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H&R Block Plans to Close 400 Tax Prep Offices

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On 6/17/2018 at 5:44 PM, Pacun said:

So, if you don't prepare business returns, it is time to start taking some classes and start diving into that market. That market seems to be solid and it will always be.

Yup this is why I am always looking for new business clients. Since I am already preparing their business returns, they almost always just have me prepare their personal returns (and if lucky, any other shareholders'/partners'/members' returns) and then our real bread and butter is the write-up work they provide throughout the year (usually on a monthly or quarterly basis).

When I first started out, I found that charging slightly higher than usual fees for small personal 'I need my refund ASAP' returns and lower than usual fees for more difficult personal or business returns helped me to weed out the more unreliable client and build a client base that tended to remain loyal, didn't just shop around looking for lower fees and faster refunds, and understood when I had to impose 'reasonable' fee increases from time to time. They also tend to have much more lucrative associates and clients for referrals. 

Note: if you are thinking about or already trying to obtain more business clients, look into professional networking groups in your area. Once we found the right group (professionally run, formal and serious but still fun, and allows only one member from each type of business, i.e. one accountant, one lawyer, one investment advisor, one plumbing contractor, etc.), we probably tripled our business clientele within a few years.  

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I am getting quite a few new clients this year.  We don't take many new clients because we have more work than we can handle, but we do get some referrals from attorneys, financial advisors, and good clients and take them because we don't want to disappoint.  Most of these new people tell me that their previous accountant retired.  With all the changes from the TCJA, I am not surprised!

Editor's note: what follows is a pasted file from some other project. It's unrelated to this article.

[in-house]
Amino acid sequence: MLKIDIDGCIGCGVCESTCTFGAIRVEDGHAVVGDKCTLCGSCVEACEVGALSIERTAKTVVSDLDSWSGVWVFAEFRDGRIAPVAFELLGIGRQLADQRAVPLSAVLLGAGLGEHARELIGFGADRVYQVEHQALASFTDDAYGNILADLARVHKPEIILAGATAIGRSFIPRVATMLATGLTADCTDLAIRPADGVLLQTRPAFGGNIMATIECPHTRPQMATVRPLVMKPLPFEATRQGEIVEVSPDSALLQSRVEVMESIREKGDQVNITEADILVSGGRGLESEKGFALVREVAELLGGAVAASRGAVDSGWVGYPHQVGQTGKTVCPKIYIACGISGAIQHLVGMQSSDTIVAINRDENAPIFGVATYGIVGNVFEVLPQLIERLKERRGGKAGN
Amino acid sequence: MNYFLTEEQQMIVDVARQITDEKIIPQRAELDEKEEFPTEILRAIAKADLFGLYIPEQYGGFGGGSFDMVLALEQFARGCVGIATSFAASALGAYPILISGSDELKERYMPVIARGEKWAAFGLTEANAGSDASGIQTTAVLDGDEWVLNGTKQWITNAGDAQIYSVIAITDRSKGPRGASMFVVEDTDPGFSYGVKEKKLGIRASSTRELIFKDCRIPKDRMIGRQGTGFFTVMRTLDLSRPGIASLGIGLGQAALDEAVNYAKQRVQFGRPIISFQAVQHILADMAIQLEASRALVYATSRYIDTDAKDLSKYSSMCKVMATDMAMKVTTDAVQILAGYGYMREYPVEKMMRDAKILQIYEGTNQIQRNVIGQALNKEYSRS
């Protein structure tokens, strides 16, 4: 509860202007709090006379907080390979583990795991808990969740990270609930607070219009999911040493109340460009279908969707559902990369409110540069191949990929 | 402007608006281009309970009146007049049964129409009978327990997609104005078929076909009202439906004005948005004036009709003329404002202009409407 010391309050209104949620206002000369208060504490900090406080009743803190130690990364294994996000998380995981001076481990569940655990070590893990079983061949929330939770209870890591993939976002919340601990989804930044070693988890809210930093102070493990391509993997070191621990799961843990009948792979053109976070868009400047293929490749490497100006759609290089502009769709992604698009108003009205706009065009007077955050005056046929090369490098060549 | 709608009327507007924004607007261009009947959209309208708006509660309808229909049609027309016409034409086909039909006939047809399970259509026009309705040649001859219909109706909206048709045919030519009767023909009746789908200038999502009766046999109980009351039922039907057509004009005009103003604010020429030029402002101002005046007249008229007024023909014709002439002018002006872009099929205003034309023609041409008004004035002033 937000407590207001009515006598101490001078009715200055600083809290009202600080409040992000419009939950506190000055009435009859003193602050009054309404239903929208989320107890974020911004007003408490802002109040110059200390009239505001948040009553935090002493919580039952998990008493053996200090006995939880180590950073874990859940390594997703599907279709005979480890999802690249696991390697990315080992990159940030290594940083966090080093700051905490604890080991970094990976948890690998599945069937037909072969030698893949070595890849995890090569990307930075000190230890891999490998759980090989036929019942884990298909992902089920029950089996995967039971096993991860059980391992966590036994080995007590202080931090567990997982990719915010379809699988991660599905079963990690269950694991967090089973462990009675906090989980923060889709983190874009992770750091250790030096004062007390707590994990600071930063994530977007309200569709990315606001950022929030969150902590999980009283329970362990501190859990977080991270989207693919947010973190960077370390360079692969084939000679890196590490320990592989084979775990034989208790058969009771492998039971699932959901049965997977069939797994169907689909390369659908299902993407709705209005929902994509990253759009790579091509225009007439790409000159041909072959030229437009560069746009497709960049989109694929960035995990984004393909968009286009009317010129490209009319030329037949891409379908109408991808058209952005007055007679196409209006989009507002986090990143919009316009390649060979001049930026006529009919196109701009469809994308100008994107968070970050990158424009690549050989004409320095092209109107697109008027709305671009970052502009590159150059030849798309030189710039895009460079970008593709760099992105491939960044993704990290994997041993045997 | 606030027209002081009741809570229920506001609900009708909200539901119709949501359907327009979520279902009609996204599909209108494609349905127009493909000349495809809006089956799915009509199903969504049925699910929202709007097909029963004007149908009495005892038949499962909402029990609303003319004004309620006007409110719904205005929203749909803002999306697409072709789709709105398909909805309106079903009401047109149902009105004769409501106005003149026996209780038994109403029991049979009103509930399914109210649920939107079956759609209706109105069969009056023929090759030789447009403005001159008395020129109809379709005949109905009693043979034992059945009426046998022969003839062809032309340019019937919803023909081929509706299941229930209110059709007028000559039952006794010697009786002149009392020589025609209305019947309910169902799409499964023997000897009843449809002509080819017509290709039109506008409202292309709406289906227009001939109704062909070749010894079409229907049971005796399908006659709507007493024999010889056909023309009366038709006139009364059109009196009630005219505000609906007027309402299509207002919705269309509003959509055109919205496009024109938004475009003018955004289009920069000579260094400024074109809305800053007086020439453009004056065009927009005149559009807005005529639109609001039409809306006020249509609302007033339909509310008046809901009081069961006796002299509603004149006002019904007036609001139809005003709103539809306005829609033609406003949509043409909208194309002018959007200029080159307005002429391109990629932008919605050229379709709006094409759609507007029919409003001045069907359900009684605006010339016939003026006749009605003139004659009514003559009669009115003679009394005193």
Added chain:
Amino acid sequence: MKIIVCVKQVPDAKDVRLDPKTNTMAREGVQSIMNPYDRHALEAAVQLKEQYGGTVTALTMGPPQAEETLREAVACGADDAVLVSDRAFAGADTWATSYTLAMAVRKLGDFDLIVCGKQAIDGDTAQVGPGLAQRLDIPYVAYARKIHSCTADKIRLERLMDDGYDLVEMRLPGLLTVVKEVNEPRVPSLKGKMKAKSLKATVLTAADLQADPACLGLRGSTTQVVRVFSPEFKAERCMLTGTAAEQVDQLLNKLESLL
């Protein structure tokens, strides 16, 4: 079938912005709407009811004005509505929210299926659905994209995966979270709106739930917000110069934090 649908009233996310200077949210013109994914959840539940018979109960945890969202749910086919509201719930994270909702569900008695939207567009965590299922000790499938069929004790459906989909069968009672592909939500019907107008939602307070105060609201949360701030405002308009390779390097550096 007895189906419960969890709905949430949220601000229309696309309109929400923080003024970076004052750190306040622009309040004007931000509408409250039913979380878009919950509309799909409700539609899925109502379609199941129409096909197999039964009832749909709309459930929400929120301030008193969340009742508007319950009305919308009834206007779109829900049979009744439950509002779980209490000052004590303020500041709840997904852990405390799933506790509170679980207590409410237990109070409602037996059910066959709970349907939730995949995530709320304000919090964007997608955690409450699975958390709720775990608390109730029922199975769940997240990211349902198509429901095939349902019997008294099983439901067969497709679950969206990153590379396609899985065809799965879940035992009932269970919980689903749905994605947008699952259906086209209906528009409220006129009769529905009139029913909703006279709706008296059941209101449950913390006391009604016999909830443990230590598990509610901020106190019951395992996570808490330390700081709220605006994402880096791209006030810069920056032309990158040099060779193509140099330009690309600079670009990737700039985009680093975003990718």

One way to secure your business is to find a niche.  Tax law has gotten so complex that we were headed in this direction even before TCJA because no one could master it all.  Those who specialize in low-income, EITC, rapid refund returns (like Block, who used to be "America's tax return preparer" and then changed its business model in this direction, and now sees the writing on the wall and is changing back) will see business drop off.  I do a lot of trust and estate returns, and that business isn't going anywhere.  Yet when I get a person with anything but a standard type of visa, I refer him or her to someone who knows a lot more about that area than I do.   We each have to think about what area of tax we like, learn more about it, and become that kind of preparer in the future.  Anyone wild about cryptocurrencies? 

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12 hours ago, SaraEA said:

Anyone wild about cryptocurrencies?

THAT subset has gotten easier since the invention of the online services/utilities that track basis and create reports.  I have one client who can send me an importable csv file, another whose software spits out a properly sub-totaled report that we can append as a pdf like we can do with brokerage statements.  They also like that they're not paying ME to calculate gain on every frimping latte they bought with crypto all year long.

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